Since our preview launch back in December, followed by the announcement of our funding round and the release of Roger on Android, we've been hard at work trying to keep up with all the feedback and requests from a seemingly global community that, like ourselves, believes we should talk more often. Today, we're taking another major step in making voice ubiquitous, as Roger evolves into the first-of-its-kind voice platform, completely integrated with the services you use everyday. This is a very special milestone for our team. I can clearly remember our discussion over dinner, the very first day we began building Roger. That question remained with us throughout the journey.
While it's not certain just when this would show or if there will be any changes versus other platforms, it's easy to see the likely advantages. This could ensure that Android TV launches directly into your Netflix profile instead of making you choose on-screen, for instance. It's not certain if anything is prompting the addition beyond Google's desire for completeness across platforms. Google is rumored to be preparing an Android TV dongle that would clearly benefit from Voice Match, though, and this could be important for tight Stadia integration whenever it's available on Android-powered sets. Whatever the reason, it's almost surprising that the feature hasn't been available sooner.
When we think about chatbots, Facebook Messenger is dominating the space with 100K chatbots on its platform. Most businesses that have a Facebook page are finding that chatbots are the next logical step for Tier 1 support. From travel to booking to makeovers, chatbots have already started to show higher conversion rates and customer engagement. Traditionally Tier 1 support is repetitive and error-prone. I don't need a human to answer these questions, it's not exactly that robots will take over most jobs but it will make it better.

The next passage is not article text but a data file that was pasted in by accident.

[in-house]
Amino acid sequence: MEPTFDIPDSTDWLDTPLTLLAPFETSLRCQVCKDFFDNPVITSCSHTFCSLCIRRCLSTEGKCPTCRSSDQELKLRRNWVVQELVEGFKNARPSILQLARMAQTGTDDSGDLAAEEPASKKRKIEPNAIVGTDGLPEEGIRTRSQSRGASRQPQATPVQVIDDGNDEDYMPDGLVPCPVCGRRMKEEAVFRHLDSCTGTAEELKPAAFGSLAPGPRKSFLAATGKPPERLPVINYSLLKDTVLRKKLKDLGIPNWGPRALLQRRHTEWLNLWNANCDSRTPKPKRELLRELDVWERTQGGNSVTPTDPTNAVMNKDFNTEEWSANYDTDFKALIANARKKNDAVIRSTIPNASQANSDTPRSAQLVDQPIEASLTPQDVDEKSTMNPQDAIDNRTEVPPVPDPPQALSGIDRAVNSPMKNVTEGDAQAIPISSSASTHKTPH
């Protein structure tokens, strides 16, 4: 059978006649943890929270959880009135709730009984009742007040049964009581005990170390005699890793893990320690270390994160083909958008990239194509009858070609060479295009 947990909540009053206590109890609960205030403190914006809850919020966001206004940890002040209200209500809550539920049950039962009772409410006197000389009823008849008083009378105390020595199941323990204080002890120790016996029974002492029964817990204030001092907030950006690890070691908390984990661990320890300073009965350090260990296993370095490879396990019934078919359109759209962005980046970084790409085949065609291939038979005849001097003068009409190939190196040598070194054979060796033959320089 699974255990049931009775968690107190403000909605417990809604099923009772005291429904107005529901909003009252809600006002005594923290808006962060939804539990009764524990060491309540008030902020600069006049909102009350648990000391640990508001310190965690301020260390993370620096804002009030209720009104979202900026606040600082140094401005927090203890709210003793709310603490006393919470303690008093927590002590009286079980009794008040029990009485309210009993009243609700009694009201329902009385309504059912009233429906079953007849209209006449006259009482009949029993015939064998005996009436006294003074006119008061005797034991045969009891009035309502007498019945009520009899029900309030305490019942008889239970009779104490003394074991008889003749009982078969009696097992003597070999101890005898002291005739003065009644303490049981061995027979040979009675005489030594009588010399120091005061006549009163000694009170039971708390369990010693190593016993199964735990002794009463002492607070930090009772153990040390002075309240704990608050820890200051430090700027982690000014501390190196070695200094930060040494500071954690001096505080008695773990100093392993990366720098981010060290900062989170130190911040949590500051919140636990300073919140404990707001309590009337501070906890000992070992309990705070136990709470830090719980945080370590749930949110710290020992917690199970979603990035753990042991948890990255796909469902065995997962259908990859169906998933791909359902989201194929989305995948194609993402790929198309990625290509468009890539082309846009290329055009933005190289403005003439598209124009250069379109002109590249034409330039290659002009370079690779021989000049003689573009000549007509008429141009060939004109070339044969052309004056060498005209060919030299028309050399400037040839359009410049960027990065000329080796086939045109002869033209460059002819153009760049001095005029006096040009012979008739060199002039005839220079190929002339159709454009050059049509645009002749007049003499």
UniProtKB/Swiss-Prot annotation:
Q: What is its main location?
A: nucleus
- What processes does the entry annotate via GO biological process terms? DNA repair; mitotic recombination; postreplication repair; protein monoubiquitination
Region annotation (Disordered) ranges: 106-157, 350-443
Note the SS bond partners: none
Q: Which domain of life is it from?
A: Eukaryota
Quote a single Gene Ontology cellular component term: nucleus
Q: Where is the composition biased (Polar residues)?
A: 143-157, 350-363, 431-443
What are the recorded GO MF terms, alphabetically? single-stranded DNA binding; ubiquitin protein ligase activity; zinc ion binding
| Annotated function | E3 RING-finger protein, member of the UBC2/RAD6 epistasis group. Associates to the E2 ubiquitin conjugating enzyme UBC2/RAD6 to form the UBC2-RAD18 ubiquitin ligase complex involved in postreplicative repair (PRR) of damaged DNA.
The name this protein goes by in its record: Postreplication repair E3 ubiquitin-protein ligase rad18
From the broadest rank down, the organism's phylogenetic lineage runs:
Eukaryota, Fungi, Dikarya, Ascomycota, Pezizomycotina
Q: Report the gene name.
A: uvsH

No one is more affected by the education system than students themselves. With inside knowledge on the issues we cover, students have important things to say. Working with High School Insider, The Times' youth journalism platform, Essential Education will be giving young voices a space to report on issues they care about, from gender-neutral bathrooms to campus Islamophobia. High School Insider offers a content platform that publishes student work on LATimes.com, as well as classroom resources, conferences, contests and paid internships. The aim is to amplify student voices around the issues that matter to them, with a focus on underserved schools and communities.
Instead, it's approaching home audio similar to how it tackled TVs: By offering its technology to other companies. Specifically, Roku is unveiling a new wireless audio platform, Roku Connect, that it'll license to third parties. The company also put together a hardware reference design for a smart soundbar and speaker, which will guide partners as they develop their own hardware. To make it even easier for consumers to put together their own theater systems and spread speakers throughout their homes.